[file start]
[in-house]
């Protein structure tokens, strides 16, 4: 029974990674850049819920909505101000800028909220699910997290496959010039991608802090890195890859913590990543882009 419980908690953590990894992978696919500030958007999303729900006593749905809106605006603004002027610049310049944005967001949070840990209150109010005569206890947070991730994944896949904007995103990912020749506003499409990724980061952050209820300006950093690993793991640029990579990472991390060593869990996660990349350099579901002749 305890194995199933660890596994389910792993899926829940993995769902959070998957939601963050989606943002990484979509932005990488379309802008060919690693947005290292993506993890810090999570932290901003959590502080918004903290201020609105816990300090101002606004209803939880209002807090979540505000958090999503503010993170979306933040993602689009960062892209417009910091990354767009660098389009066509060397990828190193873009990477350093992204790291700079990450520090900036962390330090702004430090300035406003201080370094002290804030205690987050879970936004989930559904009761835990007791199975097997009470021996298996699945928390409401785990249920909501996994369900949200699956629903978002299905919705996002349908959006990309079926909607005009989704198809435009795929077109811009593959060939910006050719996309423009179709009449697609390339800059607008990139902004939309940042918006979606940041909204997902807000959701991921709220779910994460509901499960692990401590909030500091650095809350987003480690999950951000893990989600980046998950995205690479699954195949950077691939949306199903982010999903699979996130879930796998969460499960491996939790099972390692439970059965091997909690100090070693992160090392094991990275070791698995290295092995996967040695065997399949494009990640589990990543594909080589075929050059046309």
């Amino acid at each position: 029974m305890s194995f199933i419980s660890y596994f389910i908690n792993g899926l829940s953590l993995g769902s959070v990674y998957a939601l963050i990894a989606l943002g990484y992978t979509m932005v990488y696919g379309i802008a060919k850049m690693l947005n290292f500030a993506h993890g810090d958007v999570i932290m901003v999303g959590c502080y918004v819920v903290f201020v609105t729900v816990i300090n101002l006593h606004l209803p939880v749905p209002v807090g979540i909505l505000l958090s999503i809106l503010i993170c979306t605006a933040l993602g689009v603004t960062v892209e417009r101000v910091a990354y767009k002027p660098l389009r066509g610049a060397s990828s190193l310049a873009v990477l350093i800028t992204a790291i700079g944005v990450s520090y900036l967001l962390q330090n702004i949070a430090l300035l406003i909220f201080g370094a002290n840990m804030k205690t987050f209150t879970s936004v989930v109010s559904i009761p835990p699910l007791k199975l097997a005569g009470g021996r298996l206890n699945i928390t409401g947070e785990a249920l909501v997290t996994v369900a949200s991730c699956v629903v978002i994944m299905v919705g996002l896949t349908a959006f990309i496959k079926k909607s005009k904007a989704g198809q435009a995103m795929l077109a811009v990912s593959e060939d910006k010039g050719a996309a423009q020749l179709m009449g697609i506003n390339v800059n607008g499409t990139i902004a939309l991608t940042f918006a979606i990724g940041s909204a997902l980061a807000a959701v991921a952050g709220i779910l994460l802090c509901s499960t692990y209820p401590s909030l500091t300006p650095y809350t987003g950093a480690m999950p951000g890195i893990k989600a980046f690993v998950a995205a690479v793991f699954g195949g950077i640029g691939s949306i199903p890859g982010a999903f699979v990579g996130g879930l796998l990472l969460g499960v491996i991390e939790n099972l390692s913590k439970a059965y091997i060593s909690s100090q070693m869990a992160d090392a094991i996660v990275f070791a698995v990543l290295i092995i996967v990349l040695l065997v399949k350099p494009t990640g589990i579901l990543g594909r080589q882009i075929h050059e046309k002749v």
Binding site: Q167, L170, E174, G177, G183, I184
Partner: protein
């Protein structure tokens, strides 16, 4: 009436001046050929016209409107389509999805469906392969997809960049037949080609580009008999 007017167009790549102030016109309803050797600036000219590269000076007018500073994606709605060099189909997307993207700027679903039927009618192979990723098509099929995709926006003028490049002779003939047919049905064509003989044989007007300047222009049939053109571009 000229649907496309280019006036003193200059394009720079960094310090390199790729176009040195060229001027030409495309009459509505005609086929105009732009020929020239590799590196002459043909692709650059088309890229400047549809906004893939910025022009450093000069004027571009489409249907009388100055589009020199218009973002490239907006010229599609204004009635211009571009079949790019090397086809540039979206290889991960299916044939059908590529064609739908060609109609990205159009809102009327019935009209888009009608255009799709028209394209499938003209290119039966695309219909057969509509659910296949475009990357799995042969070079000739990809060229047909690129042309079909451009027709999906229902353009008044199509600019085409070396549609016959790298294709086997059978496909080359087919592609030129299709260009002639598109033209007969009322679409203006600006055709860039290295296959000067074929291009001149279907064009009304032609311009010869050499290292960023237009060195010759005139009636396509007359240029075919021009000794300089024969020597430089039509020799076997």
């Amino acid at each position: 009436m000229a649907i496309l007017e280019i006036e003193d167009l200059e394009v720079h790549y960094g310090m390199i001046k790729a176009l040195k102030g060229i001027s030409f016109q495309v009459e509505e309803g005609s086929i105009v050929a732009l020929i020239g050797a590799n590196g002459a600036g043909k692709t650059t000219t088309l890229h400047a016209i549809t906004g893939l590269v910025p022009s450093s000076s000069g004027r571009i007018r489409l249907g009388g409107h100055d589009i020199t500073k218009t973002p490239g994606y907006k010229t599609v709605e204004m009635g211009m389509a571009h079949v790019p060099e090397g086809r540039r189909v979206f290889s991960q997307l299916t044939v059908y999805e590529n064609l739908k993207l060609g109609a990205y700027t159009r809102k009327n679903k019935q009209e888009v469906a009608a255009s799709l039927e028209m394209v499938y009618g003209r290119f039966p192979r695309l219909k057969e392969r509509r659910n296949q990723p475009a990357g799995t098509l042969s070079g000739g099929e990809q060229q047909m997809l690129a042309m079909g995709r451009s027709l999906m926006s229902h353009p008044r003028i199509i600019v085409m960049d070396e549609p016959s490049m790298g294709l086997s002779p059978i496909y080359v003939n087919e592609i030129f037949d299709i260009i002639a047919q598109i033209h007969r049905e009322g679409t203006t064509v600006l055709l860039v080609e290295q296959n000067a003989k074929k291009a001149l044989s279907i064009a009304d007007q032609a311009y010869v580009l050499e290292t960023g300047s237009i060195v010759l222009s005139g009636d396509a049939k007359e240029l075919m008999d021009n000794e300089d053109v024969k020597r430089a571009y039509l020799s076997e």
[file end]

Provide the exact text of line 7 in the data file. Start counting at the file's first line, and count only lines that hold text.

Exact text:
């Amino acid at each position: 009436m000229a649907i496309l007017e280019i006036e003193d167009l200059e394009v720079h790549y960094g310090m390199i001046k790729a176009l040195k102030g060229i001027s030409f016109q495309v009459e509505e309803g005609s086929i105009v050929a732009l020929i020239g050797a590799n590196g002459a600036g043909k692709t650059t000219t088309l890229h400047a016209i549809t906004g893939l590269v910025p022009s450093s000076s000069g004027r571009i007018r489409l249907g009388g409107h100055d589009i020199t500073k218009t973002p490239g994606y907006k010229t599609v709605e204004m009635g211009m389509a571009h079949v790019p060099e090397g086809r540039r189909v979206f290889s991960q997307l299916t044939v059908y999805e590529n064609l739908k993207l060609g109609a990205y700027t159009r809102k009327n679903k019935q009209e888009v469906a009608a255009s799709l039927e028209m394209v499938y009618g003209r290119f039966p192979r695309l219909k057969e392969r509509r659910n296949q990723p475009a990357g799995t098509l042969s070079g000739g099929e990809q060229q047909m997809l690129a042309m079909g995709r451009s027709l999906m926006s229902h353009p008044r003028i199509i600019v085409m960049d070396e549609p016959s490049m790298g294709l086997s002779p059978i496909y080359v003939n087919e592609i030129f037949d299709i260009i002639a047919q598109i033209h007969r049905e009322g679409t203006t064509v600006l055709l860039v080609e290295q296959n000067a003989k074929k291009a001149l044989s279907i064009a009304d007007q032609a311009y010869v580009l050499e290292t960023g300047s237009i060195v010759l222009s005139g009636d396509a049939k007359e240029l075919m008999d021009n000794e300089d053109v024969k020597r430089a571009y039509l020799s076997e």